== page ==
On April 4 I had the honour to introduce the Indian movie “Chitrangada” by Rituparna Ghosh to the cinema visitors at Cinemasia film festival in Amsterdam. This is what I told them.
There is a lot that can be told about this movie, all its aspects. Both stories in this movie are about changing. About becoming what – they think – the other wants them to be. Out of love. Both, in the interpretation of Rituparna Ghosh, because a love between men cannot be, has no right of existence. The movie is also about a change of gender role and of the body.
I pick out a few quotes and will knit my talk around them and my daily business. That have by the way nothing to do with India, or only very slightly in the sense that Indian trans activists are also in the international expert group on the depathologisation of trans health care., where I form part of. And I have worked together with some trans and queer Indians on a few occasions. We are crazy, you know, we get a psychiatric diagnosis before we can access either transition related health care as hormones, facial surgery, beard depilation, chest reconstruction. We have the only psychiatric diagnosis in which altering the body is the solution for the mental problem. Kind of weird. I am not saying these medical interventions, this medical assistance is wrong. On the contrary, it is life saving for so many people. The psychiatric diagnosis however is a remainder of the not past and gone times that homosexuality was a mental disorder. Only since 1994 it is no more in the health classification of the World Health Organisation. So short ago. Where in huge parts of the medical world homosexuality is depathologised, just a human phenomenon, trans* has been created with the function to have a place to put gender variant behaviour. Like male femaling – that usually is worse than the other way round, women behaving as men. Yay for patriarchy and cis-hetero-normativity. That roughly means you have to be heterosexual and cannot be trans* or intersex. because even after all adaptations and changes that are humanely possible you will never get the same status as someone “born” a man or a woman. You are always second class. As cis women are already, see f.e. Rudi’s mother and father.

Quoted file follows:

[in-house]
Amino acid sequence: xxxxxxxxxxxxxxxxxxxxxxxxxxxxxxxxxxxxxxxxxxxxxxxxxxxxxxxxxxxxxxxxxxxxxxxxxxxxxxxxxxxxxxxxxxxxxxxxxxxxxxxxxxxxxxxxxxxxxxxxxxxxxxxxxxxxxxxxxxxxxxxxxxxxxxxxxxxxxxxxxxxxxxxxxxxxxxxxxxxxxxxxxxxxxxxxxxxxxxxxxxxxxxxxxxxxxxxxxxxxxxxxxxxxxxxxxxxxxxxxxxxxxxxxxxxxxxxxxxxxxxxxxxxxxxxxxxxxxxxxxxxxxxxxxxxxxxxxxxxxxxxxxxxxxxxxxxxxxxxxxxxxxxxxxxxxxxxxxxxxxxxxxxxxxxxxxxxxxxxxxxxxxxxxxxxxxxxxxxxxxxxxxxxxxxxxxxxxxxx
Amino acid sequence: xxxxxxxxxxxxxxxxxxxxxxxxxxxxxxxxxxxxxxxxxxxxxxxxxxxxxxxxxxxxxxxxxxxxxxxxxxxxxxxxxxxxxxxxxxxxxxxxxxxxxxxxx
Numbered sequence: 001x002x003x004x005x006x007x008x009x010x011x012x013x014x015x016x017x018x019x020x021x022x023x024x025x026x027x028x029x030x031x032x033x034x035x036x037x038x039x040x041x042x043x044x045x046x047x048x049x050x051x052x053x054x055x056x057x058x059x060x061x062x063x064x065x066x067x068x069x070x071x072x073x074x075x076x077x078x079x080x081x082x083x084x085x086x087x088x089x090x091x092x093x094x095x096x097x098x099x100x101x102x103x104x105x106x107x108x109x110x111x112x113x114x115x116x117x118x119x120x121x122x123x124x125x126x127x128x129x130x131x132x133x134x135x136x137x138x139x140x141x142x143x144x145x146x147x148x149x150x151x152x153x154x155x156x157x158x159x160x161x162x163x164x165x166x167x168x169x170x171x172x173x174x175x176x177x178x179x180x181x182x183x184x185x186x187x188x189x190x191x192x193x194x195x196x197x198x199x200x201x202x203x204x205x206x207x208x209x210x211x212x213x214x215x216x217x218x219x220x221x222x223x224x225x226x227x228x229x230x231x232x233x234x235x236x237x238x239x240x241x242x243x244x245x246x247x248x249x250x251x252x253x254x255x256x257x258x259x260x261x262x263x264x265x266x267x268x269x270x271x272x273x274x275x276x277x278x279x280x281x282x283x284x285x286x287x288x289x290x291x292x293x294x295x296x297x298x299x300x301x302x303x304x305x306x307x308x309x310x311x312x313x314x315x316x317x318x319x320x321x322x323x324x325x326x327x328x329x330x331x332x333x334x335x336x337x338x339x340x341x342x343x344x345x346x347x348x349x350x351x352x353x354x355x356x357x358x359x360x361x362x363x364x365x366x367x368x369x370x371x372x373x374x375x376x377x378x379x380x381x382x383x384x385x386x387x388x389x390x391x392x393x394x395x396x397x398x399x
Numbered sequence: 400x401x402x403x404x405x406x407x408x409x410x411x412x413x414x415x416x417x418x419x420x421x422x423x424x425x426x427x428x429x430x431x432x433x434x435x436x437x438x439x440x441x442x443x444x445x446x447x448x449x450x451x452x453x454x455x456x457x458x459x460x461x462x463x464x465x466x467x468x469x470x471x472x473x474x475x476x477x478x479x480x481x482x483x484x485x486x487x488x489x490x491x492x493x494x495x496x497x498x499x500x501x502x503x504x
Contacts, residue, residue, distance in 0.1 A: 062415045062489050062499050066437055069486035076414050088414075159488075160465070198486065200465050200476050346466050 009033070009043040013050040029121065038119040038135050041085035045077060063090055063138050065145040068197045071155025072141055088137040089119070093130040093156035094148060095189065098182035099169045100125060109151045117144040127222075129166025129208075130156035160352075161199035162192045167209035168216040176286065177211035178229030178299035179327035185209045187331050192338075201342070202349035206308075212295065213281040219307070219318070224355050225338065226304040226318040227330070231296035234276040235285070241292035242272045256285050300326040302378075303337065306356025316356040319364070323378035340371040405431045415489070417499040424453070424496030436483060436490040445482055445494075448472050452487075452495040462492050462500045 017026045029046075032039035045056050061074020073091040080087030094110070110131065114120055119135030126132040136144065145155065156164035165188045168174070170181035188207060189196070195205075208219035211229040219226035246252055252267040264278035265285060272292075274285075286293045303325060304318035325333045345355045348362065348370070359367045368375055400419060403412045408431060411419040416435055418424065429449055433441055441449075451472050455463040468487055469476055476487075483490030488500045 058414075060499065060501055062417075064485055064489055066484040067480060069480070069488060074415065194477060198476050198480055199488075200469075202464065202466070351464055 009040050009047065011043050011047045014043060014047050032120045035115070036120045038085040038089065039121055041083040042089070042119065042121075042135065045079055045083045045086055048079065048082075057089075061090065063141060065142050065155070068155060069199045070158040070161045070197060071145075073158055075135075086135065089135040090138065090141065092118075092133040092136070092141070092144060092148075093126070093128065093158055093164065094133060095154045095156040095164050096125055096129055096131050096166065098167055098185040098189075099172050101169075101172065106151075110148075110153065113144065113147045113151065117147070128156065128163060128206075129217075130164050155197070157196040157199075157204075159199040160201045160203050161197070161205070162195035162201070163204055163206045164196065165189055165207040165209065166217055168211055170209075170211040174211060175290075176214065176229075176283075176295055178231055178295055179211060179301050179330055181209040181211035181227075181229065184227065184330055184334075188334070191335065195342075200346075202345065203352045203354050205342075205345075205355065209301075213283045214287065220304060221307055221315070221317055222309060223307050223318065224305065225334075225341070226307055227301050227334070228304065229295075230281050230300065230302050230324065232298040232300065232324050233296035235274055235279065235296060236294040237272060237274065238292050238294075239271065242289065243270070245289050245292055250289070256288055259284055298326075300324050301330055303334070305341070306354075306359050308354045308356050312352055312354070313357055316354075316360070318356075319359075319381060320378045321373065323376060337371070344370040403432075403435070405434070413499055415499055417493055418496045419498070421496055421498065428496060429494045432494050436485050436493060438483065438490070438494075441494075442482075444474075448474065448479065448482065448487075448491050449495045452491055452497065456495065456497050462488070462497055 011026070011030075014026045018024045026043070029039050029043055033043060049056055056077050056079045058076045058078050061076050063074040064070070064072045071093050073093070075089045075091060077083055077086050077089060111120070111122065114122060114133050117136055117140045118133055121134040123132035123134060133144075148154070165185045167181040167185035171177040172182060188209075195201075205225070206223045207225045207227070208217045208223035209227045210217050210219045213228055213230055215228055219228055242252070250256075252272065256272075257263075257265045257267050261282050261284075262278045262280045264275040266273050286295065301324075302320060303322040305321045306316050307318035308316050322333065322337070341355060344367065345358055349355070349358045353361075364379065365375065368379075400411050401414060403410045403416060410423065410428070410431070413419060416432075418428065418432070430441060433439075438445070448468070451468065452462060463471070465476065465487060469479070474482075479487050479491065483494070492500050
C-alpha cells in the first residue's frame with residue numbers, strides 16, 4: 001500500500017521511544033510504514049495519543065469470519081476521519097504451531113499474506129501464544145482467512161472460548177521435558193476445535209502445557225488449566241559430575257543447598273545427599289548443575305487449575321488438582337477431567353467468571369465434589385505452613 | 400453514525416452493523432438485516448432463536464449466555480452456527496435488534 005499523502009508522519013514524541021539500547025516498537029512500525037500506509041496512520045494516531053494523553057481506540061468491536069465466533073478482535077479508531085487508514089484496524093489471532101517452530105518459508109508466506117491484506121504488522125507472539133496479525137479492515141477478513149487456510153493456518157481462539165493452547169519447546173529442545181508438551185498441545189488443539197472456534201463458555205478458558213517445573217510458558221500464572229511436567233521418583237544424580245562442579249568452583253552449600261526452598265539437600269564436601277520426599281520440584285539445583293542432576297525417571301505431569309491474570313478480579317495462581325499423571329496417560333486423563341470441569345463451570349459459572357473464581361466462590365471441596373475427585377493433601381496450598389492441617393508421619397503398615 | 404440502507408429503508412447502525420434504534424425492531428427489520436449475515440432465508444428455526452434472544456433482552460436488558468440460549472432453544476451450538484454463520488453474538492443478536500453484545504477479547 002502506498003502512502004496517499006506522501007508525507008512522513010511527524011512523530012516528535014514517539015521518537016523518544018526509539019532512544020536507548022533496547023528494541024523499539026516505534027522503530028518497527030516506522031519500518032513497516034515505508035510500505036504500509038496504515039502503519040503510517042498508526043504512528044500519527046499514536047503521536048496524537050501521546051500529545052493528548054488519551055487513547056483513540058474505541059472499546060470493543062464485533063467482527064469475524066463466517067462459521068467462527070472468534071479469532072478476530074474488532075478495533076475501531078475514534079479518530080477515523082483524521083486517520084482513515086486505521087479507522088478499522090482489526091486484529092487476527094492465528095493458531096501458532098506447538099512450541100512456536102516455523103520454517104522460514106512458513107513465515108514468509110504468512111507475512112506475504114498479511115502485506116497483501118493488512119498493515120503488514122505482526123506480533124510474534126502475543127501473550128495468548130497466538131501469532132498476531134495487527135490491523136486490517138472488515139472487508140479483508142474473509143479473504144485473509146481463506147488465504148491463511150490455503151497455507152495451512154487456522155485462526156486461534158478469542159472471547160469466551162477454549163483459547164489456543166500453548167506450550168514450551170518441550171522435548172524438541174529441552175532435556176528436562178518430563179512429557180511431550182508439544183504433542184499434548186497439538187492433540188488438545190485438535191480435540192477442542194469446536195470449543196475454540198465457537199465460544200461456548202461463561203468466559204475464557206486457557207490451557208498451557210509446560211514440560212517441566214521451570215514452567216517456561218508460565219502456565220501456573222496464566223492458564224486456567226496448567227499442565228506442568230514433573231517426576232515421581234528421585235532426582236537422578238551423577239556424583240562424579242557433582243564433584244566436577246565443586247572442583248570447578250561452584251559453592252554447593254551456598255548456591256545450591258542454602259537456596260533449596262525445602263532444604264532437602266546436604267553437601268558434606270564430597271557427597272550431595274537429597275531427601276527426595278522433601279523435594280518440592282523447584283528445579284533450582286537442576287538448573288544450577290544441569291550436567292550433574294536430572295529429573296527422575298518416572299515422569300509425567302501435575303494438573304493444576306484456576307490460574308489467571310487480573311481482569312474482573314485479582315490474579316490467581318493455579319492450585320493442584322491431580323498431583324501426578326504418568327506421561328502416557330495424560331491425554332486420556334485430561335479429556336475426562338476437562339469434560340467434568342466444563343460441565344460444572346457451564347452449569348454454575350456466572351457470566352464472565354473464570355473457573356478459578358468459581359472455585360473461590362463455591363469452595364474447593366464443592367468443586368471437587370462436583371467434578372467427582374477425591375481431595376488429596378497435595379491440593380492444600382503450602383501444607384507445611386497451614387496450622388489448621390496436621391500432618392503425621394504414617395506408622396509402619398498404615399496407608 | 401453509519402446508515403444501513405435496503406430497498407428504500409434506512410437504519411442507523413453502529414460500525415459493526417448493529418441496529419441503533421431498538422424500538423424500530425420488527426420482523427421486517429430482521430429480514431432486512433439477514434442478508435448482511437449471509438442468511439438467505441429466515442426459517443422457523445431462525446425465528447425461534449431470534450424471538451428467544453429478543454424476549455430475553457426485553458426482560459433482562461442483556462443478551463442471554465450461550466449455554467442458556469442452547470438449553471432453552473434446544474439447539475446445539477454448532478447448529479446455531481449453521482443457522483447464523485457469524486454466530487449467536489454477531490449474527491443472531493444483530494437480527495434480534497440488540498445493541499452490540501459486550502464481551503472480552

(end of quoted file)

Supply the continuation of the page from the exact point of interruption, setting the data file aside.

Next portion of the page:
It is this needed psychiatric diagnosis that gives us the context for Rudi’s counselor when they physically transition. I keep talking of “he” although in general when someone transitions from male to female you of course address them with the pronouns going with that gender. You don’t address a woman by “he”. But here in this movie it is never completely clear how much Rudi transitions gender wise into a woman’s role and identity. So I keep it at “He”. That creates all the fuzz around his being different, all homo- and transphobia. There is not much typically Indian in that, Mostly the precise way it works out. And of course the context that only a few years before homosexuality go decriminalised and only a few months ago now, re-criminalised. Very recently the Indian Supreme Court canceled a decision by the Delhi High Court that homosexuality was OK. And where homosexuality is the talk of the town, male homosexuality, trans is just one door away. Because it is only partially about the sexuality, and for sure in former colonies, very much the feminine behaviour of people assigned male at birth. Who may identify as kothi, as gay men, as trans women, as Hijras or Aravani or any other of the many genders that India knows.